BY JIM DOOLEY – A planned dinner for Hawaii legislators and staff attending a conference in San Antonio, Texas was cancelled this week after Ethics Commission director Les Kondo said the event would violate the state Ethics Code.

Invitations to the dinner were sent to Hawaii legislators and staffers attending the National Conference of State Legislators in Texas. Hosts of the event were the Hawaii Chamber of Commerce, Outrigger Enterprises, Hawaii Medical Services Association, Island Insurance, Coca Cola and the Goodsill Anderson Quinn & Stifel law firm.

In a letter yesterday to state Senate President Shan Tsutsui and House Speaker Calvin Say, Kondo said the event was cancelled after he told a Chamber of Commerce executive that the the Ethics Code “likely did not allow legislators or staff to accept the dinner.”

The advice was given after Kondo learned the per-person value of the dinner exceeded the $25 threshold for free gifts established by the commission and repeatedly enforced by Kondo when the Legislature was in session earlier this year.

The dinner was to have been held at the Silo Elevated Cuisine restaurant, an upscale San Antonio eatery.

“We understand that many of the legislators and staff who had intended to attend the dinner were disappointed,” Kondo wrote.

“Given the per person cost of the dinner and the fact that the host organizations are involved in lobbying activities, in our opinion there appeared to be a reasonable inference that the dinner was intended to influence or reward the legislators or staff,” Kondo wrote.

Legislators bridled earlier this year at Kondo’s prohibitions of similar gift offers and attempted unsuccessfully to amend the Ethics Code.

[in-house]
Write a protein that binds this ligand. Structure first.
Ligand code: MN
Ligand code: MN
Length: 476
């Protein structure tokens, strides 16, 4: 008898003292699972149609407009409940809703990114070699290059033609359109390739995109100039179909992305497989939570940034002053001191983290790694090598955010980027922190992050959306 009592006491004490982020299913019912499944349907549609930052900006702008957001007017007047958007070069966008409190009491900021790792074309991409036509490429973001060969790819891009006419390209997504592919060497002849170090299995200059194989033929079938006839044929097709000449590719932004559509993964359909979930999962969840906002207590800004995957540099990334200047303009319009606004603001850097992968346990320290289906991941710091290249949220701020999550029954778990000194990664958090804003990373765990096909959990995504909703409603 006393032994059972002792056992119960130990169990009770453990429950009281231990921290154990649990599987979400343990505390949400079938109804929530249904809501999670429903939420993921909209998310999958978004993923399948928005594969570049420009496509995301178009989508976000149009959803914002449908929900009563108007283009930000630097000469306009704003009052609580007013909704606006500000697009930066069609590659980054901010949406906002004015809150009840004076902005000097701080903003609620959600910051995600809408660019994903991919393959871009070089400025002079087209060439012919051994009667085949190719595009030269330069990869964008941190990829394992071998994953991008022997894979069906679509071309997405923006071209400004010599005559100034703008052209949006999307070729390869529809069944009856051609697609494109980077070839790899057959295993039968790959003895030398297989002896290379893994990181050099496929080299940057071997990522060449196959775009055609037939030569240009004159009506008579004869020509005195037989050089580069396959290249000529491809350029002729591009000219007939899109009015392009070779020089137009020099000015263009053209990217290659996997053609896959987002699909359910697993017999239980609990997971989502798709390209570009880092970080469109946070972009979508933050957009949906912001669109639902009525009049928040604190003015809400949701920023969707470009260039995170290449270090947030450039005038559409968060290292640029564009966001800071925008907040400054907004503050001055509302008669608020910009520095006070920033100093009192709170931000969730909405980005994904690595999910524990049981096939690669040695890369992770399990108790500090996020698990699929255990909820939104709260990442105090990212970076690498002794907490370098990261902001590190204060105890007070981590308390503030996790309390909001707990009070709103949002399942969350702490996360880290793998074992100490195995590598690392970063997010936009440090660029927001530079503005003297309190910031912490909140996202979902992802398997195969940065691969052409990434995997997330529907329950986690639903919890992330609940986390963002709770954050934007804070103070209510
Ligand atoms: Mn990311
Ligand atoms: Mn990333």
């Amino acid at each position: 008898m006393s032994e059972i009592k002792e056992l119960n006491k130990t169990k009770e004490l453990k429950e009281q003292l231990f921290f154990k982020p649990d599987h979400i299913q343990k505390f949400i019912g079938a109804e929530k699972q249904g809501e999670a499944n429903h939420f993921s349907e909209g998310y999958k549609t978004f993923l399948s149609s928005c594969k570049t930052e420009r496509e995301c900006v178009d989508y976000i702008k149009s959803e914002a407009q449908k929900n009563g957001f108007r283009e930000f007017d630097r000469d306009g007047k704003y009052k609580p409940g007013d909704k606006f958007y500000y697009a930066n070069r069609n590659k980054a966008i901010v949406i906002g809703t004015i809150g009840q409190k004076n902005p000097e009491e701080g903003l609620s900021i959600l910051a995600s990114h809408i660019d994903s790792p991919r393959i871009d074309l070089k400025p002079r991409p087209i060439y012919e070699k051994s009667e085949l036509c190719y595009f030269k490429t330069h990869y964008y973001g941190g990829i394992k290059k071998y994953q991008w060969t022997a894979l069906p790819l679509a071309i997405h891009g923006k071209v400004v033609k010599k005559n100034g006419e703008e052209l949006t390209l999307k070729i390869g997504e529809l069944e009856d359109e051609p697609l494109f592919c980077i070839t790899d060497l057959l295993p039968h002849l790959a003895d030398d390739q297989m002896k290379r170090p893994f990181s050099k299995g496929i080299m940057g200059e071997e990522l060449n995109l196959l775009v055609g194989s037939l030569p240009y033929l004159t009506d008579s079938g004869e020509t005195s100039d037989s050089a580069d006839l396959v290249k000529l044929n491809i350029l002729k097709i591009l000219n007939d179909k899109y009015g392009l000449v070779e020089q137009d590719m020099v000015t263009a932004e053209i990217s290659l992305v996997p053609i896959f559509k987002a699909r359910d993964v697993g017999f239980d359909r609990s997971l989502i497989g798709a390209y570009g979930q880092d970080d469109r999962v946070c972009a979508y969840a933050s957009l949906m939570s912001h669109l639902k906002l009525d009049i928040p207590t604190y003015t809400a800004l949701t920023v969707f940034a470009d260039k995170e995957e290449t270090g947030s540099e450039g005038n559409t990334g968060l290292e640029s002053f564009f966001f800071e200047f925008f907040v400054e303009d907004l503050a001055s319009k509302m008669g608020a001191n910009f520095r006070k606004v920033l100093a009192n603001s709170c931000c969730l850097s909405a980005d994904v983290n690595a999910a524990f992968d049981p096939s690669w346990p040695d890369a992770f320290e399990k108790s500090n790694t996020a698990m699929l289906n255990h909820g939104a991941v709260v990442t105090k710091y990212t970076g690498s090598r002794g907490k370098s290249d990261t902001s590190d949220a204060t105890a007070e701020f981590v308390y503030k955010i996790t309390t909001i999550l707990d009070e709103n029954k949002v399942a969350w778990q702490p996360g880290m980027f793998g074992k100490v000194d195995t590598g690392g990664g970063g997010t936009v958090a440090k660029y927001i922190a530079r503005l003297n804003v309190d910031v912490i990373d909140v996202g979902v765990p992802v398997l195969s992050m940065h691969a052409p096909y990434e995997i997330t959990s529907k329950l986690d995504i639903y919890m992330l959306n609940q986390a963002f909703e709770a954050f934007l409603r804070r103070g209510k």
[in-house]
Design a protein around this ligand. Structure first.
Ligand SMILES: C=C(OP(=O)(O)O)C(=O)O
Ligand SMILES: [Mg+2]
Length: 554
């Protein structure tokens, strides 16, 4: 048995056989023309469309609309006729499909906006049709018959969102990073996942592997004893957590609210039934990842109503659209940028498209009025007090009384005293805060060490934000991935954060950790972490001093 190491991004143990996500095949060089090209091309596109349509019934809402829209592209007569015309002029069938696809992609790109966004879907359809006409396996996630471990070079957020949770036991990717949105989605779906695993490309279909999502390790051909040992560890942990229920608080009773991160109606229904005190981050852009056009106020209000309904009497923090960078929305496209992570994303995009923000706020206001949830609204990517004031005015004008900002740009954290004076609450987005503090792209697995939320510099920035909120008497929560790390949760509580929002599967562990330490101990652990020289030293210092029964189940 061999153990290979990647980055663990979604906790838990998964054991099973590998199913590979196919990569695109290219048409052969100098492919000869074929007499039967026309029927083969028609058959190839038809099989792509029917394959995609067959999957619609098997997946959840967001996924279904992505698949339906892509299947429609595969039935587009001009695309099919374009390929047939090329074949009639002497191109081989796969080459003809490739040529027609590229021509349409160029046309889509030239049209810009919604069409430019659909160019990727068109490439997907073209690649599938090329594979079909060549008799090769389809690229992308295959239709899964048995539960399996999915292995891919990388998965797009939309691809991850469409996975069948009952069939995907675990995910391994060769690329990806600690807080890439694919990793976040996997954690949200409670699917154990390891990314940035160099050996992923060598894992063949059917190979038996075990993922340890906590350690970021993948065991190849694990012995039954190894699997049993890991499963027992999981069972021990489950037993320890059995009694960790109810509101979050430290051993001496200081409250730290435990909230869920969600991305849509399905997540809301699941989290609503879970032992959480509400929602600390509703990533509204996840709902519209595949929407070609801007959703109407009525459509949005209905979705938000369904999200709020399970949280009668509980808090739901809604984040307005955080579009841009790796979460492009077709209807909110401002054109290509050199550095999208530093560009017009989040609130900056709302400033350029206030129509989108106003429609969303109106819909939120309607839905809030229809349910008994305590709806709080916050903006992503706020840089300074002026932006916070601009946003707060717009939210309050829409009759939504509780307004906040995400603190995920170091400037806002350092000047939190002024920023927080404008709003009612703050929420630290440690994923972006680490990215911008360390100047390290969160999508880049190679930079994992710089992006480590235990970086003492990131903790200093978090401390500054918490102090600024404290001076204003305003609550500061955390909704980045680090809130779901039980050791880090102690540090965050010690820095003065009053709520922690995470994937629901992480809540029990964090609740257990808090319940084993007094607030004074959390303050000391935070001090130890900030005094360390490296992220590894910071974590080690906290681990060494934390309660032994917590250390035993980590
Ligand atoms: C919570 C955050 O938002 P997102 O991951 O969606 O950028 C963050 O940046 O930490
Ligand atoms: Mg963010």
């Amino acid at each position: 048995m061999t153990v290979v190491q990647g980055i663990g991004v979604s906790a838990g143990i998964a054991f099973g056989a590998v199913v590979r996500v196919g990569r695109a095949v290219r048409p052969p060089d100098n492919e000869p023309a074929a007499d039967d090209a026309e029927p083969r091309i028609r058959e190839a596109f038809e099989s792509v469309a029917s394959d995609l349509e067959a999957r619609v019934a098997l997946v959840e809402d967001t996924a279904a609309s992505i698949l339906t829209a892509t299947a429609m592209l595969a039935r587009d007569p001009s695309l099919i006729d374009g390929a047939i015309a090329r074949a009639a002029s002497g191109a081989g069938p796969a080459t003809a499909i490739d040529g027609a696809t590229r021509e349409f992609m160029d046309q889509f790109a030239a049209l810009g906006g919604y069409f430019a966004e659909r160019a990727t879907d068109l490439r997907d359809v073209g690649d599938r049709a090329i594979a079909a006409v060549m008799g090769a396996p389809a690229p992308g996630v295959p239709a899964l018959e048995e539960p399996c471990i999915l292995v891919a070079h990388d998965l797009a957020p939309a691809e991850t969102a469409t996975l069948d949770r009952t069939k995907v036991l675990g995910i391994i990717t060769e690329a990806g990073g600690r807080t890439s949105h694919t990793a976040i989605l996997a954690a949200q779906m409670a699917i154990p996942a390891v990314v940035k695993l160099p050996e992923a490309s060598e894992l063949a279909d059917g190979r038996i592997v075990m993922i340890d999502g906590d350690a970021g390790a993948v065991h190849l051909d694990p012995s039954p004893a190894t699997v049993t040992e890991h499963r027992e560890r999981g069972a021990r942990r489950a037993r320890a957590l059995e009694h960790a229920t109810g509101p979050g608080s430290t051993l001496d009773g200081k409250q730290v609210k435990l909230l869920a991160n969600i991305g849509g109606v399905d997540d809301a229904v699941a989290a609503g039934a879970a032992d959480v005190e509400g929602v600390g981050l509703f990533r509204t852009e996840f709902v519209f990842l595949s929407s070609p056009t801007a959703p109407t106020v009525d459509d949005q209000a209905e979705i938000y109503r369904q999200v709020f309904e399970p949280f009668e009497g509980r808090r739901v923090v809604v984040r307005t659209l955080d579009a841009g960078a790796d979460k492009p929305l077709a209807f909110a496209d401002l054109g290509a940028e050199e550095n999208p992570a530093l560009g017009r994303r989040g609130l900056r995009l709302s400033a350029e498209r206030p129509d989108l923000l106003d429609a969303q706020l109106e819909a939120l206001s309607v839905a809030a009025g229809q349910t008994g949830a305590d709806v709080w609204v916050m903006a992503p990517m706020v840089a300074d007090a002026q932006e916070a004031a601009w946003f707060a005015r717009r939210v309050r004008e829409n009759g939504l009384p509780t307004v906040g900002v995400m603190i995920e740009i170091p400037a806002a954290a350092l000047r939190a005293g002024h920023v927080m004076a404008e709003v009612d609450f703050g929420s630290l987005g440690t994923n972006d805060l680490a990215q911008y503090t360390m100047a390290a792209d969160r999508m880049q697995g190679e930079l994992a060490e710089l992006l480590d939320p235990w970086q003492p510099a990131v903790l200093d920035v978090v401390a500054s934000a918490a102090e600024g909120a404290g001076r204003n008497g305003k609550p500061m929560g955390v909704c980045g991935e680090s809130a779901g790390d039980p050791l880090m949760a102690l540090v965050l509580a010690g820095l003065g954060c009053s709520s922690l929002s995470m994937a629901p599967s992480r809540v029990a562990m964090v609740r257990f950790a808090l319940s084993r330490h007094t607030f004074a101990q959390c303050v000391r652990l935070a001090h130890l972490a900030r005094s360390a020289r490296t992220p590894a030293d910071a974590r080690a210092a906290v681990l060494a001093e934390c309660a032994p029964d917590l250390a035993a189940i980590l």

At one point, a proposed amendment would have allowed acceptance of any gift worth $200 or less even when it could “reasonably be inferred that the gift is intended to influence the legislator or employee in the performance of the legislator’s or employee’s official duties or is intended as a reward for any official action.”

The NCSL convention began Monday and ends tomorrow.

Efforts today to determine how many Hawaii legislators and staffers are attending were unsuccessful.

 

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Jim Dooley joined the Hawaii Reporter staff as an investigative reporter in October 2010. Before that, he has worked as a print and television reporter in Hawaii since 1973, beginning as a wire service reporter with United Press International. He joined Honolulu Advertiser in 1974, working as general assignment and City Hall reporter until 1978. In 1978, he moved to full-time investigative reporting in for The Advertiser; he joined KITV news in 1996 as investigative reporter. Jim returned to Advertiser 2001, working as investigative reporter and court reporter until 2010. Reach him at Jim@hawaiireporter.com